MILAN — If there’s a lesson the past 10 days of fashion marathon imparted on the beauty front is that skin care is more important than ever.
Makeup artists during London and Milan Fashion Week proved that the must-have look for fall 2019 is a good complexion, as many of them simply opted for sending natural skin down the runway. Some groomed eyebrows boyishly to toughen up the look, others added accents of extravaganza and pops of bold lipstick to enhance the skin’s glow.
“I think that at the moment there’s a lot of reaction to the idea of a very forced perfection,” said makeup artist Teddy Barber backstage at Marco de Vincenzo crediting social media for imposing standards of perfect beauty. “There’s a little bit of a reaction to that, wearing less foundation, less coverage on the skin, with eyes which look transparent and slightly see-through.”
The barely there makeup choice often simply served to complement notable hairstyles, which touched on retro references — ranging from the Twenties and Fifties to the Nineties — with futuristic appeal.
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“FRESH FEELING” by Eels: Natural complexion took the spotlight both in London and Milan, as seen in shows including JW Anderson, Christopher Kane, Victoria Beckham, Alberta Ferretti, Jil Sander, Prada, MSGM and Roberto Cavalli.
“It’s just about a beautiful skin,” said makeup artist Tom Pecheux at Alberta Ferretti, where he simply evened out the skin with a light, see-through MAC Cosmetics foundation and filled in brows to get a slightly bushy effect. Masculine beauty was also on Lynsey Alexander’s mind at J.W. Anderson, where she used a selection of Kiko products to illuminate and sculpt skin, while at MSGM she worked with MAC Cosmetics products to enhance the glowing effect. “It’s sort of a glamorous sweat: Models look like they’ve been to a spa,” she said while applying MAC Strobe Cream and Prep + Prime stick to brighten and light up the skin. Lucia Pieroni took the glow a step further by tapping the glittery Nars Multi-use Gloss “First Time” on models’ lids at Christopher Kane and the MAC Dazzleshadow Liquid in silver or gold shades at Salvatore Ferragamo. Pat McGrath went down a completely different road, delivering an edgier take on the trend by simply bleaching eyebrows at Prada while Diane Kendal tapped a peony creamy blush on the light base to add a hint of femininity at Roberto Cavalli.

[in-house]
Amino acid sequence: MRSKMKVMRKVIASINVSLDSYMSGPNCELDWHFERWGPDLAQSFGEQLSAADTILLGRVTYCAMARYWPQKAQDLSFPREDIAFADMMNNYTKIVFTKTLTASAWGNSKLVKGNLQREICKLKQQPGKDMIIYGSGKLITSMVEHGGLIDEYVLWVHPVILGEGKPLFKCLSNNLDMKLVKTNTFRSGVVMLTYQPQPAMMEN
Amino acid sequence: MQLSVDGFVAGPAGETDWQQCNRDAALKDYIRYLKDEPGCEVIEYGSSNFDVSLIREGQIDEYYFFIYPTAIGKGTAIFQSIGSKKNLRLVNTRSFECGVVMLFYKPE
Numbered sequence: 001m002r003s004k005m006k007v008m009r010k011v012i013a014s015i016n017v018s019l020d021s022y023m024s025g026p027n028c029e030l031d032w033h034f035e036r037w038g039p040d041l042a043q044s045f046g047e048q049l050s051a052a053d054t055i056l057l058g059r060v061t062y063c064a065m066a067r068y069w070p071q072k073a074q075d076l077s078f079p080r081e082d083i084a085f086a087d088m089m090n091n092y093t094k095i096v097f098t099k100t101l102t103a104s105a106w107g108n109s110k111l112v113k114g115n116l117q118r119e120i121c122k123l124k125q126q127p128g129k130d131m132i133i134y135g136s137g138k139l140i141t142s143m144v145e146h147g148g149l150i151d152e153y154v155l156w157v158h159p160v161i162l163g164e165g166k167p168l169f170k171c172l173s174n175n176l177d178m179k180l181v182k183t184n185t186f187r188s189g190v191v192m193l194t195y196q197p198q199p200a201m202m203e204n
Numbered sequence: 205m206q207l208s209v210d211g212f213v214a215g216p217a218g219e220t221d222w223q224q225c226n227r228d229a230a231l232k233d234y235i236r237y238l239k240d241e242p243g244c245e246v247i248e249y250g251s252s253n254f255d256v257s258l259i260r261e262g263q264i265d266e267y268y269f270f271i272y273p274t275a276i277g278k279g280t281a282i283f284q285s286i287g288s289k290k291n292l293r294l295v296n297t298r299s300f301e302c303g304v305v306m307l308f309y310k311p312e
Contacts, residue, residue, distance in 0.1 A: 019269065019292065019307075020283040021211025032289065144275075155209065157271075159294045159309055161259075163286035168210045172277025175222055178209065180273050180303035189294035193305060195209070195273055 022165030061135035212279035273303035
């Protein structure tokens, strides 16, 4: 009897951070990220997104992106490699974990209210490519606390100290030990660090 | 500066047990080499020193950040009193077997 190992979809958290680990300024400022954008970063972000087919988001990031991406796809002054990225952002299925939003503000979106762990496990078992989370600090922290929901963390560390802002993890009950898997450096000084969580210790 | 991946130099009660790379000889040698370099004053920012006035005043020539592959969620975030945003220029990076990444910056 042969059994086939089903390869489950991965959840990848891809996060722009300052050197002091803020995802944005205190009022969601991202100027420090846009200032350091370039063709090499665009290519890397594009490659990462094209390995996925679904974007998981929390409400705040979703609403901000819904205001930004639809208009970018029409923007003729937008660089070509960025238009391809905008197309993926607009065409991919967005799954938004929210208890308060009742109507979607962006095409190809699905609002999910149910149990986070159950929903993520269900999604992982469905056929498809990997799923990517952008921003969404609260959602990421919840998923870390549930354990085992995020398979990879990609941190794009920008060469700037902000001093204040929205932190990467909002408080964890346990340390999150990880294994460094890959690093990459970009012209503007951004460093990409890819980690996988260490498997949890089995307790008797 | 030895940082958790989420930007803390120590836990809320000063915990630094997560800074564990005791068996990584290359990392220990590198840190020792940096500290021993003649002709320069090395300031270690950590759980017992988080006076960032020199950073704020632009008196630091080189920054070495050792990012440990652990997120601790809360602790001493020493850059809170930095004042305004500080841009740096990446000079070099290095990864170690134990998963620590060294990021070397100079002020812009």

“LUCKY LIPS” by Cliff Richard: Makeup artists at Simone Rocha, Matty Bovan, Chalayan, Salvatore Ferragamo and Antonio Marras added pops of color to the natural skin base by creating statement lips on a selection of models, cleverly refreshing the lineup with surprising effect.
At Simone Rocha, Sam Bryant channeled “indie grungy” vibes with bold, purple lips for nine of the ladies walking the catwalk, including Chloë Sevigny and Lily Cole Born. Specifically, she applied MAC Cosmetics’ Beet lip pencil all over the lips and topped it with Cyber lipstick. At Salvatore Ferragamo, Lucia Pieroni opted for a wider color palette, designing flashy lips with the MAC Liptensity lip pencils in shades ranging from burgundy to orange red and pink. “It’s quite individual, [we picked the colors based on] what they’re wearing and them. It was a very instinctive and spontaneous [process],” said Pieroni. Tom Pecheaux went for a smudged effect at Antonio Marras, layering MAC Powder Kiss Lipstick in the dark “Double Fudge” tone with pops of red and a hint of blue tapped on the central part of the lips.